Information Screening Peripheral Arterial Disease

Peripheral arterial disease can cause immediate problems such as pain and numbness in the legs, or it may indicate far more serious coronary problems. People with peripheral arterial disease are four times more likely than their peers to die of heart disease. Peripheral arterial disease also makes a person two to six times more likely to die of a heart-related death, as reported by the Peripheral Arterial Disease Coalition (2007).

Many cases of peripheral arterial disease are asymptomatic, while others cause general symptoms like numbness or cramping in the legs. These symptoms are often dismissed as indicative of a less serious condition, so health screening for peripheral arterial disease is important, especially if you’re in a high-risk category. Early detection and treatment could save your life.

What is Peripheral Arterial Disease?

Peripheral arterial disease is the narrowing of peripheral arteries, usually in the pelvis or legs. This limits blood flow to the limbs, causing numbness, pain and eventual tissue death.

Peripheral arterial disease is usually a sign of hardening arteries elsewhere in the body, a condition called atherosclerosis. Atherosclerosis puts a person at high risk for heart disease, heart attack and stroke.

Who is at Risk for Peripheral Arterial Disease?

Some people have a higher risk of developing peripheral arterial disease than others. Risk factors include:

  • Being obese
  • Being over age 65
  • Consuming excessive amounts of alcohol
  • Exercising fewer than three times per week, for 20 to 30 minutes at a time
  • Having a family history of peripheral arterial disease
  • Having a poor diet
  • Having heart disease
  • Having high blood pressure or high cholesterol
  • Smoking.

How Does Peripheral Arterial Disease Screening Work?

If you meet one or more of the above risk factors, you should get a health screening for the condition. Since leg pain is so often attributed to minor illnesses, you may be tempted to ignore it. Doing so, however, could put you at a higher risk for heart disease or stroke.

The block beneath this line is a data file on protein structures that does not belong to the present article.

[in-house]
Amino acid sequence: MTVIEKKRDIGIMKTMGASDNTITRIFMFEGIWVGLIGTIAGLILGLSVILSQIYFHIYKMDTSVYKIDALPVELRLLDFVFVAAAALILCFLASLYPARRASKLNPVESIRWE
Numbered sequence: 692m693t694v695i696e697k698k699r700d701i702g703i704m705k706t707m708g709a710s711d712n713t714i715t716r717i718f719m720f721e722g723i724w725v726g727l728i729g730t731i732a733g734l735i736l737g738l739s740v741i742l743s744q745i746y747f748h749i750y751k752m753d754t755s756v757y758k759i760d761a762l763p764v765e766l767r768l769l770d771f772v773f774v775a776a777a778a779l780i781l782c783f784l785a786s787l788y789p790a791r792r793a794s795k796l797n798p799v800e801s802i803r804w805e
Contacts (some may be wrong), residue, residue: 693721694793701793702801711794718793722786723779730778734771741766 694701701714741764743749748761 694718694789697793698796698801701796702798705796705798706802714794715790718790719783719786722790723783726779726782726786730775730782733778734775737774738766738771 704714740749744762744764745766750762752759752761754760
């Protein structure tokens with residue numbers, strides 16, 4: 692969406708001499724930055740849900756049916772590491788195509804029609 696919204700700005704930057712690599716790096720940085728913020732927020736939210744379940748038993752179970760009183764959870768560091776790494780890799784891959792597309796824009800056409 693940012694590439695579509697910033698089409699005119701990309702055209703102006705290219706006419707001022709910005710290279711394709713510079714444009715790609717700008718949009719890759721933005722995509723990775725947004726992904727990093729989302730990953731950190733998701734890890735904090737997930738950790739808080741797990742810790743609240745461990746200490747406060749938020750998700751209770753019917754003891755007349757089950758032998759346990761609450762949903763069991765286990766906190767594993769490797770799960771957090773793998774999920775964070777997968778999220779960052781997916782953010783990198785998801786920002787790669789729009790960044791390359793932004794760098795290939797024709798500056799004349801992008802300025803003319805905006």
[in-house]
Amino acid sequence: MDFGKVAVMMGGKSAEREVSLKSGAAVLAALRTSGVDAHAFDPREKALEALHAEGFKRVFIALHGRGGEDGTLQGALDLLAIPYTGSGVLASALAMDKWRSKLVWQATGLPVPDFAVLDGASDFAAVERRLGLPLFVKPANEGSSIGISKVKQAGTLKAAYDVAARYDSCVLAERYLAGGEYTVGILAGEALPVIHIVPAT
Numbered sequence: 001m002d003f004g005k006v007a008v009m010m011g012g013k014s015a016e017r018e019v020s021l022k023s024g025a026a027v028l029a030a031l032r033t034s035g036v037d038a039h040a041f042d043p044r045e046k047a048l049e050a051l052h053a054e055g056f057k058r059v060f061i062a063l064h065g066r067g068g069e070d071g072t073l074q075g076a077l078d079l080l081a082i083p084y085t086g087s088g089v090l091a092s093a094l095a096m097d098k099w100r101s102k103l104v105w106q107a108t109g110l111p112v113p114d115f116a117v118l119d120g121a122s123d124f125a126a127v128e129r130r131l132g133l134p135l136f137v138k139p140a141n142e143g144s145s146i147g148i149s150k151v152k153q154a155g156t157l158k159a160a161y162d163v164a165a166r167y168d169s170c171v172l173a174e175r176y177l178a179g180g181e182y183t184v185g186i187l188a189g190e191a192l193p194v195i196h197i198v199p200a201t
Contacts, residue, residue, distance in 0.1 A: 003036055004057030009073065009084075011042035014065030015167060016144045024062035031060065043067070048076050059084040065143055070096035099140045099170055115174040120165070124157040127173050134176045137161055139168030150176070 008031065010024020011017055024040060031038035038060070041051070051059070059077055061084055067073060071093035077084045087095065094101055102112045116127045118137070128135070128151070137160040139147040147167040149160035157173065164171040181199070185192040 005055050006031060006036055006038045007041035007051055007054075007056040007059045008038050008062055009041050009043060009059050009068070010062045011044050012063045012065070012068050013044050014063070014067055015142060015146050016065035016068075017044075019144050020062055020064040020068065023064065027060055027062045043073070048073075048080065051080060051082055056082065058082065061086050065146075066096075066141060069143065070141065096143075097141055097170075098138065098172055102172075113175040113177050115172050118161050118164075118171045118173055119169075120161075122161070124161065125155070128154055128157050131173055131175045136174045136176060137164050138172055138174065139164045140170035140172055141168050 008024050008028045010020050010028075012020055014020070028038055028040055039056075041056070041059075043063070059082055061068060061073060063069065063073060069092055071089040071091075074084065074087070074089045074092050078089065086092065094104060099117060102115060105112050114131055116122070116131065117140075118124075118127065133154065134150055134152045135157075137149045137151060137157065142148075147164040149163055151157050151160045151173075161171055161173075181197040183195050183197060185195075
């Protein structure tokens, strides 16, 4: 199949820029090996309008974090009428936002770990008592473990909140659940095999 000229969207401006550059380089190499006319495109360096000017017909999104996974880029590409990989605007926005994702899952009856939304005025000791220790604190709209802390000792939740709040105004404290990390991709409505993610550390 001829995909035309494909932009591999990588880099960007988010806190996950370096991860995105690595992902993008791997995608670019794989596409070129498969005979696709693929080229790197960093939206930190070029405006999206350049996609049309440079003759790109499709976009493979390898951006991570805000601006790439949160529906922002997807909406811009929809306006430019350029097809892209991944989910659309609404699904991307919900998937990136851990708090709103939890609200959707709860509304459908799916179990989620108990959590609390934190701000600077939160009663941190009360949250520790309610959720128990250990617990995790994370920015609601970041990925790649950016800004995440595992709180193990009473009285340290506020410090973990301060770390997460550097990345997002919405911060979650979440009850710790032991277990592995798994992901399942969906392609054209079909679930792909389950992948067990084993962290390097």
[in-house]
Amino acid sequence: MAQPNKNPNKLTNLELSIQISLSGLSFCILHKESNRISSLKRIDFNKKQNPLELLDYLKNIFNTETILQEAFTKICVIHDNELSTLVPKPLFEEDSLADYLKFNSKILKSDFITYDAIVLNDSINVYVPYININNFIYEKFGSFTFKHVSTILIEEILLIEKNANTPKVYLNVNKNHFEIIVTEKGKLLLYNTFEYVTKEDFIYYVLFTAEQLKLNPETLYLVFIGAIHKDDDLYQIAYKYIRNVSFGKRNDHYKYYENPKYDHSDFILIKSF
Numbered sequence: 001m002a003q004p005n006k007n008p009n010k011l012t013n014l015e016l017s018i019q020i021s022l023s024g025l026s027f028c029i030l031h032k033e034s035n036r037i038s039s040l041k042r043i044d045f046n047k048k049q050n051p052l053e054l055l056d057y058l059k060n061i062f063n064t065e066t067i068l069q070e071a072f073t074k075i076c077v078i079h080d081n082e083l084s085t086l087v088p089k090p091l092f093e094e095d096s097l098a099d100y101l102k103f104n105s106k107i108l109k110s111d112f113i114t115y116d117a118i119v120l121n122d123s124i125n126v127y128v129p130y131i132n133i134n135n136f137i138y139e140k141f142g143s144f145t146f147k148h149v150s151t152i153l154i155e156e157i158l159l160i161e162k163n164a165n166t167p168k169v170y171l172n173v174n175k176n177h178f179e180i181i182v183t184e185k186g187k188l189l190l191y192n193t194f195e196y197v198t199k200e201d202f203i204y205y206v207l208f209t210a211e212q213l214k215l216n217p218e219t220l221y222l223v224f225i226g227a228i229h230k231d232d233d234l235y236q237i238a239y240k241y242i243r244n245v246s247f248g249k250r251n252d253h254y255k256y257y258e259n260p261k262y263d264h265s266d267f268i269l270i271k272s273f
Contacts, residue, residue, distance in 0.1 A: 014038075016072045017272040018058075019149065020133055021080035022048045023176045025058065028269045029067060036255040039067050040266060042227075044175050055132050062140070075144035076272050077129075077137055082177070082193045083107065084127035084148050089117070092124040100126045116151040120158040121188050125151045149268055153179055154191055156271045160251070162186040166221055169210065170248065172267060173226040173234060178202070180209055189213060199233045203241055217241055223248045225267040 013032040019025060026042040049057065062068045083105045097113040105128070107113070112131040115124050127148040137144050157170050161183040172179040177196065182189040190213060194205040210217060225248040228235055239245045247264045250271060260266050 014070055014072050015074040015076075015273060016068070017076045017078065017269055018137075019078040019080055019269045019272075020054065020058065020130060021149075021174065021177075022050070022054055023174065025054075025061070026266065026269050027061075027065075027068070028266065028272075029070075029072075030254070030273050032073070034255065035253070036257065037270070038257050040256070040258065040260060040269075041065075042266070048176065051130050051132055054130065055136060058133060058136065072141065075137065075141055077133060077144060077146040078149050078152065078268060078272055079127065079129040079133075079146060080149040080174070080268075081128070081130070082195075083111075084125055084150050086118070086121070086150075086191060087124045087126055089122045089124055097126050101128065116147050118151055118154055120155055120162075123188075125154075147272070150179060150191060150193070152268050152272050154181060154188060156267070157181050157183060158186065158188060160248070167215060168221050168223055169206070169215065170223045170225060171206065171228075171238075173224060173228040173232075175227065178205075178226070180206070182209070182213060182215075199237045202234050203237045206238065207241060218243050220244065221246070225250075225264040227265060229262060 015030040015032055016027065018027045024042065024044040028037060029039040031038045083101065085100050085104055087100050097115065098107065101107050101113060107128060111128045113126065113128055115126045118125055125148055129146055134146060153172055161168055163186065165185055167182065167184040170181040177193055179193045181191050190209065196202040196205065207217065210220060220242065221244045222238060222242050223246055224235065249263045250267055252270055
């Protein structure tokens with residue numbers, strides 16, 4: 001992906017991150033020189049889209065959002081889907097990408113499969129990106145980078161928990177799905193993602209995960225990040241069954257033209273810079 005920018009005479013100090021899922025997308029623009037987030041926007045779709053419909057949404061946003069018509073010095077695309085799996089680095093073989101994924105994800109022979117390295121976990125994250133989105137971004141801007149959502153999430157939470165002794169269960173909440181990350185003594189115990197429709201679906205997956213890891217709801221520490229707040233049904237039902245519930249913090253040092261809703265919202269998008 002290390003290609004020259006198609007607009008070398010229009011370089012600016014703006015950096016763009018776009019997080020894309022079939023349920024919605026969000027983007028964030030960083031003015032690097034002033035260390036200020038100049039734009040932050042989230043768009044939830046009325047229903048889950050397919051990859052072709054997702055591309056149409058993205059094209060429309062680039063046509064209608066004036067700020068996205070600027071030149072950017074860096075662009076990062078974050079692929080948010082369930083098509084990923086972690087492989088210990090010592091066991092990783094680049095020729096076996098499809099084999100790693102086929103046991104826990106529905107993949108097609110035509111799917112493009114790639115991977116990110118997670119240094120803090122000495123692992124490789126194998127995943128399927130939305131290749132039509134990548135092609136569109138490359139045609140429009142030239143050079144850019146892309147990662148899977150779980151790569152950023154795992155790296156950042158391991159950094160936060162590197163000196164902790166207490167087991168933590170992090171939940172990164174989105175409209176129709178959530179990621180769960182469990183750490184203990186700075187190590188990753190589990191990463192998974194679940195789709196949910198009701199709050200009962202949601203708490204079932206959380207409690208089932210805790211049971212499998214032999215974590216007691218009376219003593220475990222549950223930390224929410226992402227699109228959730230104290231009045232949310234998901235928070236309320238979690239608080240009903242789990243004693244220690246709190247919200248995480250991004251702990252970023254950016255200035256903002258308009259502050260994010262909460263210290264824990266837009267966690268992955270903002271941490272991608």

If the medical screening test indicates the presence of peripheral arterial disease, you can begin treatment before it becomes life threatening.

Health screening for peripheral arterial disease involves measuring your ankle-brachial index (ABI), the ratio of the pressure in your arms to the pressure in your legs.

The procedure is quick, non-invasive and painless. A technician asks you to remove your socks and shoes before placing a cuff on your ankles and upper arms to measure your blood pressure. To make the medical screening test easier, wear a short-sleeve shirt and don’t wear pantyhose to the screening.

Preventing Peripheral Arterial Disease

A healthy lifestyle is the best way to prevent peripheral arterial disease. Maintain a healthy weight by exercising regularly and following a diet that’s low in saturated fat. If you have high blood pressure or cholesterol levels, talk to your doctor about lowering these. People with diabetes should keep their blood sugar controlled to avoid developing peripheral arterial disease. If you smoke, consider quitting.

Resources

American Heart Association. (2010). About peripheral artery disease (PAD). Retrieved August 26, 2010, from http://www.heart.org/HEARTORG/Conditions/More/PeripheralArteryDisease/About-Peripheral-Artery-Disease-PAD_UCM_301301_Article.jsp.

LifeLine Screening. (n.d.). Peripheral arterial disease/ABI screeningM. Retrieved August 26, 2010, from http://www.lifelinescreening.com/health-screening-services/peripheral-arterial-disease.aspx?WT.svl=1.

Mayo Clinic. (2010). Peripheral artery disease (PAD). Retrieved August 26, 2010, from http://www.mayoclinic.com/health/peripheral-arterial-disease/DS00537.

Peripheral Arterial Disease Coalition. (2007). Gaps in public knowledge of peripheral arterial disease: The first national P.A.D. public awareness survey. Retrieved September 3, 2010, from www.padcoalition.org/downloads/pdf/executivesummary-final.pdf.